On February 7, the Ukrainian parliament approved amendments to the state’s constitution, fixing the international course towards joining the EU and NATO. This decision was supported by 334 Ukrainian deputies with the required minimum of 300 votes.
A look at the text of the adopted law creates the impression that Ukrainian authorities are knocking on the closed doors. The law enshrines a paragraph about the “European identity of the Ukrainian people” and the “irreversibility of the European and Euro-Atlantic course of Ukraine”.
The document also prescribes the responsibilities for the Ukrainian president, parliament and the ministers’ council for ensuring implementation of the strategic course for membership in the EU and NATO.
Regulations adopted by this law are not only questionable because of their lack of reasonability – some of them directly contradict a basic document which enshrines Ukrainian independence, namely, the Declaration “On State Sovereignty of Ukraine”.
The declaration which were adopted in 1990 consists of a paragraph stating that Ukraine “solemnly proclaims its intention to become a permanently neutral state that does not participate in any military blocs”.
But 28 years later, Ukrainian authorities have totally ignored this legal prescription.
Omitting legal issues, one might say that the Ukrainian parliament had adopted the law which humiliates people of Ukraine. It is nonsensical when the state at the level of basic law declares its intention to join associations which at the same time had not even considered the question of possible Ukrainian membership.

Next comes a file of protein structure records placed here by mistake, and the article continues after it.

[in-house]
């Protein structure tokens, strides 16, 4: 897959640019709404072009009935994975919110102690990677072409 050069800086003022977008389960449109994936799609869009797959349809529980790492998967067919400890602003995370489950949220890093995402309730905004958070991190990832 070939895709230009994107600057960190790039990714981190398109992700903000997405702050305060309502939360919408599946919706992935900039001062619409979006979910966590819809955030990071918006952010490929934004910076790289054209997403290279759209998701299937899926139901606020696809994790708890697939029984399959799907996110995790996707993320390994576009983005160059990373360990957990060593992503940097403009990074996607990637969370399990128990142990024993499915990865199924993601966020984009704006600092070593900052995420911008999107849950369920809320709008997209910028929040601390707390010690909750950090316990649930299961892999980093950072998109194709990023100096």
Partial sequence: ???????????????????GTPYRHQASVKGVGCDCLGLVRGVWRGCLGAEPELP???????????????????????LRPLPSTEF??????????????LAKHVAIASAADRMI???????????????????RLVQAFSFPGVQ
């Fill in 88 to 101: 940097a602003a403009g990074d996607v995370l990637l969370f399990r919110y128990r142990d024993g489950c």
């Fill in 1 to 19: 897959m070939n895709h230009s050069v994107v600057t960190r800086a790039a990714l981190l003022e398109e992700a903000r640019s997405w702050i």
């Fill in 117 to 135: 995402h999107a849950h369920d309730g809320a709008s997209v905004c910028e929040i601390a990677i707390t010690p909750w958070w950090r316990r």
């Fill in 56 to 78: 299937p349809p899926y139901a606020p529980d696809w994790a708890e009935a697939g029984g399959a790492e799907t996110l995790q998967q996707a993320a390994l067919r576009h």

Both representatives of the EU and NATO have made statements about how the Ukrainian membership in these structures in near future are “unrealistic”. Moreover, NATO’s procedures clearly display that inviting a country into an alliance can be done only provided general agreement among the other treaty parties exist. Mere declarations of intent do not contribute at all to this process.
Another question to be considered: Kiev should realize that few amendments into the constitution made the situation at the south-eastern part of the country even more tense. The vast majority of the population there do not support the notion of joining NATO, not to mention the break-away republics of Donetsk and Lugansk.
At the same time, the adoption of such a document by a constitutional majority of 300 votes does not bode well for those hoping that the current Ukrainian government will promote political decisions that could provide end of the war in Donbass.
Instead, Kiev provokes hatred and rejection with the more than two million citizens – and all that for the sake of a mirage to join associations which future are far from being clear.